First criterium: Complying to existing laws

Before we come to the seven key requirements of Trustworthy A.I., I would like to elaborate the complexity of the three global criteria of Trustworthy A.I.:

  • comply to existing laws,
  • adhere to human, ethical principles
  • and should be robust, both from a technical and social perspective.

When you read the three criteria above, it seems very straight forward, but by closer examination, even these three criteria are hard to reach. Let me explain this a little further.

Imagine you are the project manager of an A.I. project and you want to make sure that your A.I. application is complying to existing law – not just today, but also tomorrow and also next year. By definition however A.I. systems are considered to evolve over time.

So how do you make sure that your A.I. system is not going to go to the dark side over time? And how do you make sure that you have an eye on the changing legal landscape. What is allowed today, might be forbidden tomorrow.

Microsoft’s team developing Tay for example chained Tay’s dark side, by literally forbidding her to talk about anything of any sensitive nature. But using unnaturally restrictive rules for an evolving entity might not be the best solution for the future?

Additionally, the area of liability caused by A.I. is also very complicated from a legal standpoint. If you build a car with faulty brakes, cause and effect can be clearly displayed and argued. But can you truly be held responsible for the creation of a system which evolved into something unforeseeable? If you compare A.I. systems to children and their makers, you might argue with “parental” liability. For example in all 50 US states, parents are responsible for all malicious or willful property damage done by their children. But –  this parental liability is never criminal. The parents are obligated only to financially compensate the party harmed by their child’s actions. If you follow this line of thought, damage done by A.I. systems would never trigger any criminal charges for companies? Think about this a little bit, when you turn on the self-driving mode of your car tomorrow or if you imagine how many military drones are flying over people’s heads.

I am looking forward to future upcoming legal cases, as these issues will definitely be debated in courts all over the world in the near future.

To clarify the first criterium, the AI HLEG redefines its first criterium by suggesting five rough legal guardrails:

  • 1. Respect for human dignity.
    The EU document states „ that all people are treated with respect due to them as moral subjects, rather than merely as objects to be sifted, sorted, scored, herded, conditioned or manipulated”. I do not know how you feel, but if I let the multitude of existing A.I. applications in the internet pass my inner eye, I have the feeling that many companies solely use A.I. to sort, score and manipulate us. Just take the recommendation engine of a movie streaming company or an e-commerce retailer. Isn’t manipulation (into buying or watching something) exactly the sole usecase of a recommendation engine?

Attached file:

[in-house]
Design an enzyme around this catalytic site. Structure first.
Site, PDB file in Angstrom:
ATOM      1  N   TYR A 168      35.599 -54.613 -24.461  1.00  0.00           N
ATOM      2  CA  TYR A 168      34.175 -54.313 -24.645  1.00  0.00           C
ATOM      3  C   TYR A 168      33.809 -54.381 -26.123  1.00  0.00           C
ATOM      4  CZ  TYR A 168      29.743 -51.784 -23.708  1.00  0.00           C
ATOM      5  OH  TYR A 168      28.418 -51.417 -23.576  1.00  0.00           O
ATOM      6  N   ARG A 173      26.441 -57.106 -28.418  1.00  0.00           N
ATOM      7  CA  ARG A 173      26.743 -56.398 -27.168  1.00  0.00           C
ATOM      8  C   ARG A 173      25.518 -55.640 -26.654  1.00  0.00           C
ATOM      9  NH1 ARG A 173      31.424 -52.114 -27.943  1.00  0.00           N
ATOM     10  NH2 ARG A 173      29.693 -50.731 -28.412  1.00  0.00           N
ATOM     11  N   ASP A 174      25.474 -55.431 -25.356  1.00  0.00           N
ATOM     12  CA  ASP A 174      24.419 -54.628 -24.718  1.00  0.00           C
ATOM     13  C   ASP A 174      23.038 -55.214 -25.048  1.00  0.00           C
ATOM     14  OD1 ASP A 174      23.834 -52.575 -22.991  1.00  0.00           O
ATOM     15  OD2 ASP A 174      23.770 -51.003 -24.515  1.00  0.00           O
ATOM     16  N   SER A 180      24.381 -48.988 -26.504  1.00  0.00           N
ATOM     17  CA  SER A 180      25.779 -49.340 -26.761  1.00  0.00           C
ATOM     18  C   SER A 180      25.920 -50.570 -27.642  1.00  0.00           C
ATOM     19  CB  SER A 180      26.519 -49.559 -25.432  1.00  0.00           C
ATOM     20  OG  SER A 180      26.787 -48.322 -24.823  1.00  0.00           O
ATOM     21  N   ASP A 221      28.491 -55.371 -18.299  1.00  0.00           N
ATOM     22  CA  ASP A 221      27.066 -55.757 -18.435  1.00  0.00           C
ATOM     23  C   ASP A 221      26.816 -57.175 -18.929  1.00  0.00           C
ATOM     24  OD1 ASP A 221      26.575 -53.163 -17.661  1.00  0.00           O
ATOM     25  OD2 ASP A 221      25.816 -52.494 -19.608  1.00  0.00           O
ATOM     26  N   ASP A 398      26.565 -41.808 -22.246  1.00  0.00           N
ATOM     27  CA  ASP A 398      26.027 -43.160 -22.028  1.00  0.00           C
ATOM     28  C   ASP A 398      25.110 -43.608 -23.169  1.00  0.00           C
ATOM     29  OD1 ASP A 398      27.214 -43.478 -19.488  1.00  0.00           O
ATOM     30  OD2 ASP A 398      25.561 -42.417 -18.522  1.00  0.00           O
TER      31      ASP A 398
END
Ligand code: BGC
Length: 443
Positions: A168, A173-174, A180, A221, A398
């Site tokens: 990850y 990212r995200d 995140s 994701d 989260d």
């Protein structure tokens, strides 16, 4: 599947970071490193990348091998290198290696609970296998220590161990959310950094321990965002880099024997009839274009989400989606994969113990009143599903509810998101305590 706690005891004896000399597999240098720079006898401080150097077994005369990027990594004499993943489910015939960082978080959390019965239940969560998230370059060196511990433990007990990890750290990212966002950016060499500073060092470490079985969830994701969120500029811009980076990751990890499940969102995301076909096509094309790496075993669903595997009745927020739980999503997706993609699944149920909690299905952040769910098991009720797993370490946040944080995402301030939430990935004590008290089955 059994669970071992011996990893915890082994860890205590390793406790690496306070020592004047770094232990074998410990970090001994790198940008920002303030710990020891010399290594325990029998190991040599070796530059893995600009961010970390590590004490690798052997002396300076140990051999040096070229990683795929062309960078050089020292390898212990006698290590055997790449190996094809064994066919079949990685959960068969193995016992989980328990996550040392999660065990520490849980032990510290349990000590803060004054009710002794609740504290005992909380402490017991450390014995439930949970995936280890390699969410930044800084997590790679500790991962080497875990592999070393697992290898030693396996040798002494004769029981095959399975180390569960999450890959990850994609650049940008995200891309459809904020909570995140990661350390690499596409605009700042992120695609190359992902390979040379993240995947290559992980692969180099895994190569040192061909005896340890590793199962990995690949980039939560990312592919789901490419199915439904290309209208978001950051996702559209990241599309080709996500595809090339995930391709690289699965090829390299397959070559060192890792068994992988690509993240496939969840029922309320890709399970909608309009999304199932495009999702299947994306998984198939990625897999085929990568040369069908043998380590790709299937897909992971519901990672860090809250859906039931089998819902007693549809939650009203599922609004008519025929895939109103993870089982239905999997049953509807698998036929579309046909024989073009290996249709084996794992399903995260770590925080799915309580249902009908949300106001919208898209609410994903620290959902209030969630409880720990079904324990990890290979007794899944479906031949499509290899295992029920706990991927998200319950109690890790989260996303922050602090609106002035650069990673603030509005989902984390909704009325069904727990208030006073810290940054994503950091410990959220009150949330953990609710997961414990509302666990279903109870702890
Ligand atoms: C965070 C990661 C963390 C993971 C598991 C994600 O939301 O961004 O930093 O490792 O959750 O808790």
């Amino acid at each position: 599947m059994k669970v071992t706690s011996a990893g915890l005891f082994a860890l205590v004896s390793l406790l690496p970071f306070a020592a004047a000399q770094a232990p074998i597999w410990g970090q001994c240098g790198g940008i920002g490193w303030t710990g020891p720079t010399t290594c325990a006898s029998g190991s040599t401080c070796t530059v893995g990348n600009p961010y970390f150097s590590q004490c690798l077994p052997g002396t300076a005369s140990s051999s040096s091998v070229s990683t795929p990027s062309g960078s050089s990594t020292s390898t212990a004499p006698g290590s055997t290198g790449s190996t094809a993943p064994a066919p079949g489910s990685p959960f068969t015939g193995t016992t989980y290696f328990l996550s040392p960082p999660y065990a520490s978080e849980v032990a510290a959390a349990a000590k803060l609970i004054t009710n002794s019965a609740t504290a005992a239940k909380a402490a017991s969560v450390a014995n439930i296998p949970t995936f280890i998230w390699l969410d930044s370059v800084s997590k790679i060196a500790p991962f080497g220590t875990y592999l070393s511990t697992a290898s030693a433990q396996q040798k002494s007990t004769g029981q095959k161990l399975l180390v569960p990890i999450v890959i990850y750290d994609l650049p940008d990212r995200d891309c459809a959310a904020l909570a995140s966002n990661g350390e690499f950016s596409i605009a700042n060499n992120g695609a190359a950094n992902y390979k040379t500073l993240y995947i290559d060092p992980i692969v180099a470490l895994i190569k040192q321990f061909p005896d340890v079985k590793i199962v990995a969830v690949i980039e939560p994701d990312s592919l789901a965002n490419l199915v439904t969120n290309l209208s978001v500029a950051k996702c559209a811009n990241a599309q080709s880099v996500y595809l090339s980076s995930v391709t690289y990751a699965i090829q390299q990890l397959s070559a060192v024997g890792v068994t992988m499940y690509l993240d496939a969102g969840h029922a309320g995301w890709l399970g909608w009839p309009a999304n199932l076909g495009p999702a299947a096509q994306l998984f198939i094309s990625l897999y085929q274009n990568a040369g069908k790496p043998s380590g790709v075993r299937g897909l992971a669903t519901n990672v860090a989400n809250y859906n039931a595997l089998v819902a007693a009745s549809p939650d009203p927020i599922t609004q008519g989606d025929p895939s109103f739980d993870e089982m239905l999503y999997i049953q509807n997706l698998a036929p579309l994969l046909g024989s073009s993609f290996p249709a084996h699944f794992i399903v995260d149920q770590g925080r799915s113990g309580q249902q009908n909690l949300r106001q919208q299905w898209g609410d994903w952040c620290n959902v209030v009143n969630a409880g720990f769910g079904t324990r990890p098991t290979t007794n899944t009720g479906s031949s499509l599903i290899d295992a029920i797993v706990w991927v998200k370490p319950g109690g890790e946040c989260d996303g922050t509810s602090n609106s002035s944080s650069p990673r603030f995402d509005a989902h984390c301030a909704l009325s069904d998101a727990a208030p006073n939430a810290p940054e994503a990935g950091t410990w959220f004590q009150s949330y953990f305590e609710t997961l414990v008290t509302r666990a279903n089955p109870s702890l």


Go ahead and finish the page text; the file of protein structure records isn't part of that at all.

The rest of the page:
• 2. Freedom of the individual
    The document defines freedom as “enabling individuals to wield even higher control over their lives, including […] the right to private life and privacy.” Well, I do not want to blow into the same whistle again, but I do not really see the right to privacy improve with the collection of collected data through social media, voice assistents, smart household items and search engines. What is your opinion? Are you seeing us moving into a direction of more freedom or less?
  • 3. Respect for democracy, justice and the rule of law
  • 4. Equality, non-discrimination and solidarity
    This point is very prominent in the news these days. The HLEG stresses that it is “more than non-discrimination”. The AI system should already be trained with data balancing all necessary cultural variables and “should be as inclusive as possible”.
    When I was a young psychology major in the university of Goettingen, our statistic professor told us every week that (psychological) human experiments can never be unbiased. From a statistical and practical standpoint psychological experiments and A.I. systems are very similar. They both use data from a subset of the population and then try to infer the results to the rest of the population. If you try to be truly unbiased, you would try to find a subset of people which 100% represents the whole population in ANY attribute. The attributes we are looking for are not just age and gender, but also height, weight, hair color or any psychological or social variable you can think of (introversion, emotional stability, job experience, financial wisdom, place of living, living situation, tendency to gamble …). And since the attributes by themselves are literally endless, the chance to find a true “representative” subset is zero. We can try to try, but we will never fully succeed. That means that every system is and will always be biased just by default. But that also means that by definition “being biased” is not automatically the same as “being racist”.
  • 5. Citizens’ rights
    The HLEG states that A.I. should improve and not fight existing citizen’ rights in the area of e.g. voting, good administration or access to public documents.

In the next section we will describe the second criterium “adhere to human, ethical principles”

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